To the east of the village in the Great Ouse valley are a number of small lakes where gravel pits used to be. The enclosure map of 1813 shows the position of one gravel pit and another is shown on an Ordnance Survey map of 1926. Not until the 1960s did large-scale gravel and sand extraction take place, needed for two major local construction projects; the dual carriageway of the A1 road and the dam at Graham Water.[7] In 1986, the gravel pits covered 400 acres (160 hectares).[44] Buckden Marina was constructed in a small disused gravel pit close to the Great Ouse.


In 1661 a charity school was founded in Buckden for boys in the parish and that school still existed when in 1842 a National School for girls was founded in part of the Bishop's Palace. A new school building was opened in 1871 to house the girls' school. The boys' and girls' schools merged in 1941.[7] A new infant school opened in 1966; much of which was rebuilt after a fire in 1978. A primary school was built in 1972.[7] Buckden Church of England Primary School became an Academy in 2010 and operates independently of the local authority; 248 students were on the roll in 2014–2015.[45] The Ofsted report after an inspection in 2015 rated the overall effectiveness of the school as outstanding.[45] Buckden is in the secondary education catchment area of Hinchingbrooke School.

Religious sites[edit]

The Anglican church, dedicated to St Mary the Virgin, is a grade I listed building consisting of a chancel (with organ chamber and vestry), nave, west tower, north aisle, south aisle and porch. A church was listed in the Domesday book, but nothing from that date remains. The church contains some elements from the 13th century but it was greatly enlarged and re-built in the 15th. The large buttresses to the north were added in the 17th century. The church was restored in 1840, 1860 and 1884. The west tower has an embattled parapet and is topped by an octagonal spire that Lewis described as "a tower surmounted by an elegant spire".[41] There were five bells in the bell tower[8] until 1997, when the bell frame and old bells were renewed, and an extra bell installed. An extension known as the Living Stones Room, opened in 2011, includes a meeting room, kitchen and toilets. In 2006, Buckden and the Offords were joined in a single benefice.[46] It belongs to the deanery of St Neots within the diocese of Ely.

A small Methodist chapel was built about 1838 and a larger chapel built in 1876 remains in use today.[7] The Catholic church was built by the Claretians and dedicated to St Hugh of Lincoln in 1959; it is in the Diocese of East Anglia.[42] A non-conformist chapel existed between about 1840 and 1862. After renovation, it re-opened in 1905 as a joint Baptist and Congregational chapel;[8] it remained in use as a religious site until 1984, when it was converted first for commercial use and in 2006 as a private residence.[7]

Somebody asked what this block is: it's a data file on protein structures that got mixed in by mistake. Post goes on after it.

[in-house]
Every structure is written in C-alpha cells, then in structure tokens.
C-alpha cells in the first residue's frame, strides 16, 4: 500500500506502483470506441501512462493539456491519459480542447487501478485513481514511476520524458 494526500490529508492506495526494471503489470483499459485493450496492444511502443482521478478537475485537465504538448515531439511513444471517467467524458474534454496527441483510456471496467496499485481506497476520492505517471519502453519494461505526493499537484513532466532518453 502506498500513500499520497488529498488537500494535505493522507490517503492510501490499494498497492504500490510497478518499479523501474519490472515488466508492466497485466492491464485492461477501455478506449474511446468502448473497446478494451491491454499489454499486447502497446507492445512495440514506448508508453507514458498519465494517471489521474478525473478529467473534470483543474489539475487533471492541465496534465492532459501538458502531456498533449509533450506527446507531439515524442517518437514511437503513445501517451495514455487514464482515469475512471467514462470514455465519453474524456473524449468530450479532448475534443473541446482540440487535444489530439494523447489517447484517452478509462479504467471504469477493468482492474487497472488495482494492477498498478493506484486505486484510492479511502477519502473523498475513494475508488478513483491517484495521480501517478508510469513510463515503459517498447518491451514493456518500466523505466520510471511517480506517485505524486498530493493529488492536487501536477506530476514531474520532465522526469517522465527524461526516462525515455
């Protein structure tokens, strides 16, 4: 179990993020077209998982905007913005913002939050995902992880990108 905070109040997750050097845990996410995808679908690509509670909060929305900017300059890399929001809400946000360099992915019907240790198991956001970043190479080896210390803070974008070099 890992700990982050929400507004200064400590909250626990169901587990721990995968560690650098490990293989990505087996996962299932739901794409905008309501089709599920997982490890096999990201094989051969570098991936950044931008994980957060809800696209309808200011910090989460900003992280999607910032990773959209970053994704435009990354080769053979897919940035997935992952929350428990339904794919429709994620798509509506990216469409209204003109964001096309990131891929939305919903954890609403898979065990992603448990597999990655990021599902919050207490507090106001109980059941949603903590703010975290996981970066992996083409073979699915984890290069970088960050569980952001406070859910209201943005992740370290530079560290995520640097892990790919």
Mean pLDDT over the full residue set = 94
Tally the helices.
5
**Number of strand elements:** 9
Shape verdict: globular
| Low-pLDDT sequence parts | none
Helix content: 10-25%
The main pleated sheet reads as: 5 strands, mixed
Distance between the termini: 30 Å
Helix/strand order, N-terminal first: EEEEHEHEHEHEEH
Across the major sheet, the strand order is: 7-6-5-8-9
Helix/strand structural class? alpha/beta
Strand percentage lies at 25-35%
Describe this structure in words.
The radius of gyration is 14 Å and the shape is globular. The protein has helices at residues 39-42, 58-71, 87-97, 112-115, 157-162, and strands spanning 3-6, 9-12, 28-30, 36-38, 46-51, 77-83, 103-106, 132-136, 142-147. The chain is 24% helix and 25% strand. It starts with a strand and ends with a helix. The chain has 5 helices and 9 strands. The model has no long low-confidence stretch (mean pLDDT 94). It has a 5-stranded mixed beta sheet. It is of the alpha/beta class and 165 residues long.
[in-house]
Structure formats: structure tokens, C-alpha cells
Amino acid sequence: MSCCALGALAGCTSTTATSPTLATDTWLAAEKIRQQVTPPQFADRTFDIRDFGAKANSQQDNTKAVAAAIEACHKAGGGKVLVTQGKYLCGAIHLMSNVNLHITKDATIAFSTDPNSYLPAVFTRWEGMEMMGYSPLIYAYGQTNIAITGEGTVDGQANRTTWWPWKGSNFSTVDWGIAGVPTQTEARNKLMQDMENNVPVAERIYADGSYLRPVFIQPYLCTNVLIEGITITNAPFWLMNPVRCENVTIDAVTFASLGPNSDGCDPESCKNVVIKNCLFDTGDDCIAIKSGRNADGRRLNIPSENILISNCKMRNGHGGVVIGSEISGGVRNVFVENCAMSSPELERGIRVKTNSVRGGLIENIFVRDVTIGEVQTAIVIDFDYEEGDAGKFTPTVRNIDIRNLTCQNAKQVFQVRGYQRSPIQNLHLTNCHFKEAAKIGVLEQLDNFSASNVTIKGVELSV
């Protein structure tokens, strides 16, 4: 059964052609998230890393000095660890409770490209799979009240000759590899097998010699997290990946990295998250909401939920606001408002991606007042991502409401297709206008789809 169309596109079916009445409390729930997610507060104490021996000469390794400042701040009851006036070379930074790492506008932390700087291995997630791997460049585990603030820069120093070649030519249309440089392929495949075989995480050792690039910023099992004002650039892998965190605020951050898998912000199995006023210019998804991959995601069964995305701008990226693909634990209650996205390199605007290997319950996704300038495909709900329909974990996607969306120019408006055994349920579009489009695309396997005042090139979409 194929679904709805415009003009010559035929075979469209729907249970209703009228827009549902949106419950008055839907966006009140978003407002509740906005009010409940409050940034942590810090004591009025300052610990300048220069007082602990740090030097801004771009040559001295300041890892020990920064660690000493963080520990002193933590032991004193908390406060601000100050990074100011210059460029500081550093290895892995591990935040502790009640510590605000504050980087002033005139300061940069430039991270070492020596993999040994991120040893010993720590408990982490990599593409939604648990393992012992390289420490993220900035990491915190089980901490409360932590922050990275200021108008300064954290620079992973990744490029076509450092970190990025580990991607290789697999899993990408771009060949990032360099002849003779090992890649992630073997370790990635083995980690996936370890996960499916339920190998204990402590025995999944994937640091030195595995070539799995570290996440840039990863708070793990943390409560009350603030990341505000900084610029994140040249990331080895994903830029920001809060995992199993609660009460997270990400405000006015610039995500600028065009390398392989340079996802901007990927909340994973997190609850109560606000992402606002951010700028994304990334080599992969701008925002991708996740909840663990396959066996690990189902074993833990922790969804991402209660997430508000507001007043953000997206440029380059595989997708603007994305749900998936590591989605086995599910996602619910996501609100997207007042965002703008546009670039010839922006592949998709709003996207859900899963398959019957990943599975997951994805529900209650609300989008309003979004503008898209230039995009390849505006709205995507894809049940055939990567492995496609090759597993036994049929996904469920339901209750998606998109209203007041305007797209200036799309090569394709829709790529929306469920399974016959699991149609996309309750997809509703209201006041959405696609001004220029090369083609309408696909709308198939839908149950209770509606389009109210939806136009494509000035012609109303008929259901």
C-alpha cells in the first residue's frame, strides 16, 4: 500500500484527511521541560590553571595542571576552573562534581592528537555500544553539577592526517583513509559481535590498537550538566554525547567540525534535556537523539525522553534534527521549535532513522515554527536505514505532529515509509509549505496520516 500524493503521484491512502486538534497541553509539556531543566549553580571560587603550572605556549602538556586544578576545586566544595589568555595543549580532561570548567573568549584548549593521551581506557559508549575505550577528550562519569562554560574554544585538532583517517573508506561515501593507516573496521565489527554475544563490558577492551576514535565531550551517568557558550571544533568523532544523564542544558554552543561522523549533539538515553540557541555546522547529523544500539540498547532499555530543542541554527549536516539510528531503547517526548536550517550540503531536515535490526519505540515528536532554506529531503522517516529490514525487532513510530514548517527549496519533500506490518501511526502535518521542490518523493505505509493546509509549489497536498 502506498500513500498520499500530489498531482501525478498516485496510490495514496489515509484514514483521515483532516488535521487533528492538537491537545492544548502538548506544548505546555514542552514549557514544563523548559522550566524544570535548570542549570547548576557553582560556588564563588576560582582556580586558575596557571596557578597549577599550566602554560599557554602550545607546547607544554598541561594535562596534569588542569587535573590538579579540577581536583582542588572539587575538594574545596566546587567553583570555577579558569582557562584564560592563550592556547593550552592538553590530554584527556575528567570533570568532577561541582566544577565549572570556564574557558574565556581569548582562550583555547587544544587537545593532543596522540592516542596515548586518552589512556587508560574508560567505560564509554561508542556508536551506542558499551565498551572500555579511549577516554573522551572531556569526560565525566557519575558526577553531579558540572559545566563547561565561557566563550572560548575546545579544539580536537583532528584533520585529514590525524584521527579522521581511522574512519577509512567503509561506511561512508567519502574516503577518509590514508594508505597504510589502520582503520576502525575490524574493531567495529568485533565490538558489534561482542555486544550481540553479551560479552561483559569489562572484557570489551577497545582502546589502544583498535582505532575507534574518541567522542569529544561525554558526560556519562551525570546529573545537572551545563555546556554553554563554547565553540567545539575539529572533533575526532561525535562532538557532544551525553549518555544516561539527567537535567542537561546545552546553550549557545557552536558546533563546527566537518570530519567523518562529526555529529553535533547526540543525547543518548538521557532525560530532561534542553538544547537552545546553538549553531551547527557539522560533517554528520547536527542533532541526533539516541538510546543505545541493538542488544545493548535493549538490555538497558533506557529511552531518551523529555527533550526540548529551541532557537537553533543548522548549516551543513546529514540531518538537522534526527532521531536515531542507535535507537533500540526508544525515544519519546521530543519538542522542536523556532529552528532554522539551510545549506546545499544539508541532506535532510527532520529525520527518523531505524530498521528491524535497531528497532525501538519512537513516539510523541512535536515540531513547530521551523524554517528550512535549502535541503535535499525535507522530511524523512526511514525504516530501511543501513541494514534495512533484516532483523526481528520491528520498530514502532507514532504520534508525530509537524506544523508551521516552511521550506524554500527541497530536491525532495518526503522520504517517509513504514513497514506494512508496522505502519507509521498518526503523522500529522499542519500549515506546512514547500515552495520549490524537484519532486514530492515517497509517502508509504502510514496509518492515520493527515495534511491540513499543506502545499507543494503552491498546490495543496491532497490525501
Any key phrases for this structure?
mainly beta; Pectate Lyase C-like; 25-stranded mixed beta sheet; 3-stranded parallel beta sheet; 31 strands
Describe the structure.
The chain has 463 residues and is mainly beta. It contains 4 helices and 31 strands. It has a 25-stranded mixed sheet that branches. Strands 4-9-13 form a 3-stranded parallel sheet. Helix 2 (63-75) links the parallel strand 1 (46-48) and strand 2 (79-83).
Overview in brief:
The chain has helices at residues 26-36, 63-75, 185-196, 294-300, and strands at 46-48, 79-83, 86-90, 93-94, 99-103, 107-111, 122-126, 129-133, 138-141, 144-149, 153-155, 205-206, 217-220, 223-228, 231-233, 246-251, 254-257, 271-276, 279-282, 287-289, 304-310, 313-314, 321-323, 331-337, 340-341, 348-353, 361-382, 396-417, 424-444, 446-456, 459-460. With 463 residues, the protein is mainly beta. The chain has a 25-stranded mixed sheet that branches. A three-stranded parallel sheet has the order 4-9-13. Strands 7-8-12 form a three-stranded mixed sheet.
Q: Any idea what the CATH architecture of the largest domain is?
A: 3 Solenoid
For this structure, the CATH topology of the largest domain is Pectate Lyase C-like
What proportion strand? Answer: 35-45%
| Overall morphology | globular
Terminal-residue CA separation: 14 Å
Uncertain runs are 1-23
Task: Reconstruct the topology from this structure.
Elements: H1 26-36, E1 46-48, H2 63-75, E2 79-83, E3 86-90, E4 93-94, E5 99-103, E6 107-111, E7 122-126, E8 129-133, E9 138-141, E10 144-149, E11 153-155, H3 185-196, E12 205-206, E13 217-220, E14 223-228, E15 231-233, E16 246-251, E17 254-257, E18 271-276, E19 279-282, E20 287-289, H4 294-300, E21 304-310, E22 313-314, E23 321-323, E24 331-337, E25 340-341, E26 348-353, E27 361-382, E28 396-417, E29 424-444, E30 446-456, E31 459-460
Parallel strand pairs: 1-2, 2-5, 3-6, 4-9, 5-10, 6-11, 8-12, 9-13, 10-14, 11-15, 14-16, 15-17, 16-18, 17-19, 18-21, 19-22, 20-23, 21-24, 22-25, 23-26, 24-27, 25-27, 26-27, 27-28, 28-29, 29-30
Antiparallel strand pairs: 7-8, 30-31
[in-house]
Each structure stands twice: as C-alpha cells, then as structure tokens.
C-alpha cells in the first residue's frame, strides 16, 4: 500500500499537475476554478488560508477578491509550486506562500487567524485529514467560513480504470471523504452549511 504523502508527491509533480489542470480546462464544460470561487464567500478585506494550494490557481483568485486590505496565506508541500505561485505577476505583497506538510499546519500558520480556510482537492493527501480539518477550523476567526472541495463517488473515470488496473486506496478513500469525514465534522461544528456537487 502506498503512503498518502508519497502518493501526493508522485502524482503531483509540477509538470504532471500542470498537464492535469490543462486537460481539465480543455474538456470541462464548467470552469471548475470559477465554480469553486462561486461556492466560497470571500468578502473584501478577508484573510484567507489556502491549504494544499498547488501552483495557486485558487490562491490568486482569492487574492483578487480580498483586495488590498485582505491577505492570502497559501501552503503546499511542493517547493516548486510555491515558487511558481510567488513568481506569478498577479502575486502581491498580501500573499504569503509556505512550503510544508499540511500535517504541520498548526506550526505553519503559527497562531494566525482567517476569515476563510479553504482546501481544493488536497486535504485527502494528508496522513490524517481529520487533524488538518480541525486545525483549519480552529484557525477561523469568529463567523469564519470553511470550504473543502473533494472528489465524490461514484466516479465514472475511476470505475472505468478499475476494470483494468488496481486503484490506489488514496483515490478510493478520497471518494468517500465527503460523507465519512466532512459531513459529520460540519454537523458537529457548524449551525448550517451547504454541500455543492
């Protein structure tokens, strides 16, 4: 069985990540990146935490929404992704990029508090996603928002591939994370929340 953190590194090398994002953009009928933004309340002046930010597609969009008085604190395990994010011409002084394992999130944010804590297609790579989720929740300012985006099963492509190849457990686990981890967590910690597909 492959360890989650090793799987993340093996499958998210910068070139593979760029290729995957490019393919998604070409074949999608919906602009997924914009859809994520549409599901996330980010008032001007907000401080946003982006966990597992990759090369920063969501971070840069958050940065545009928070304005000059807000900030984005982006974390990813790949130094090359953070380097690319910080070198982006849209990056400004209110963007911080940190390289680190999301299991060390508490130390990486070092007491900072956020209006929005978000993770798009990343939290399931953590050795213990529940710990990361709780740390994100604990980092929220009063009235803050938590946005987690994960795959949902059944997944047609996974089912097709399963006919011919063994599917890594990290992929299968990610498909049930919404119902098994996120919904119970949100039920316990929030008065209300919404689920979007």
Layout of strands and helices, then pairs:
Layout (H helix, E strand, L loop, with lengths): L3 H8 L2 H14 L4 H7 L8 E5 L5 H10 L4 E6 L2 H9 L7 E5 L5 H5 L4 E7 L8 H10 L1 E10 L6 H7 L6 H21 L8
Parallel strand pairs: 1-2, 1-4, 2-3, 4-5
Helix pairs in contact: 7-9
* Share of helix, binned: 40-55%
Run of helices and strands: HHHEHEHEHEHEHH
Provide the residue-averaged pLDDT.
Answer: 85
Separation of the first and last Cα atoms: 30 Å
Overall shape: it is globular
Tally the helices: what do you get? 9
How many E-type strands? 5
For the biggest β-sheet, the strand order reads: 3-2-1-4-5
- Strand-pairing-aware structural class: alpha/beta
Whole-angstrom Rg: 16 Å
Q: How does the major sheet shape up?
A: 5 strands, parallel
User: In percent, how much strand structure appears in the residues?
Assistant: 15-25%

Notable people[edit]

Public services[edit]

Crime reported in Buckden December 2014 to November 2015[51]

  Bicycle theft (1.7%)
  Burglary (12.8%)
  Criminal damage and arson (10.3%)
  Drugs (4.3%)
  Other theft (18.8%)
  Public order (1.7%)
  Shoplifting (1.7%)
  Vehicle crime (10.3%)
  Violence and sexual offences (10.3%)
  Other (1.6%)

Anglian Water supplies the village water and sewage services from their Huntingdon South Public Water Supply zone (FW41). The water quality was reported as excellent in 2015. In the same report, the hardness was reported as 301 mg/l of calcium carbonate which indicates that the water here is in the very hard range. The nearest reservoir, Grafham Water, is 1.5 miles (2.4 km) west of the village.

The Distribution Network Operator for electricity is UK Power Networks. There are three gas-fuelled power stations nearby; at Peterborough, Corby and at Little Barford near St Neots. The nearest, Little Barford Power Station, is 6 miles (9.7 km) from Buckden; it uses combined cycle gas turbines (CCGT) and is capable of generating 740 MW of electricity. There are two renewable-energy generation sites nearby. The landfill site at Station Farm on the Buckden Road uses landfill waste gas to generate a maximum of 1.9 MW of electricity. 3 miles (4.8 km) away at Cotton Farm near Graveley, onshore wind turbines generate a maximum of 20 MW of electricity.[52]

Huntingdonshire District Council is part of the Recycling in Cambridgeshire and Peterborough (RECAP) Partnership, which was granted Beacon status for waste and recycling in 2006–2007.[53] In 2014–2015, the council was just short of its target of recycling or composting 55 per cent of all local household waste.

National Health Services (NHS) for the village are administered by NHS East of England. The nearest hospital is Hinchingbrooke, which is 4 miles (6.4 km) from Buckden and has a range of specialities, including Accident and Emergency. Further afield, there is Addenbrooke's Hospital, 16 miles (26 km) south-east and Papworth Hospital 4 miles (6.4 km) south-east of the village. The nearest doctor's surgery is in Buckden village.

The Cambridgeshire and Peterborough Fire Authority is responsible for providing fire and rescue services to a region that includes Buckden. Its headquarters are in Brampton; the nearest 24-hour fire station is at Huntingdon.

Cambridgeshire Constabulary provides law enforcement in the county. The nearest police station is at Huntingdon. In the 12 months from December 2014 to November 2015, 117 street crimes were reported within a 1-mile (1.6 km) radius of Church Street, Buckden – an average of just under 10 crimes per month. The most frequent crime was anti-social behaviour. A Neighbourhood Watch Scheme has operated since before 1998.[54]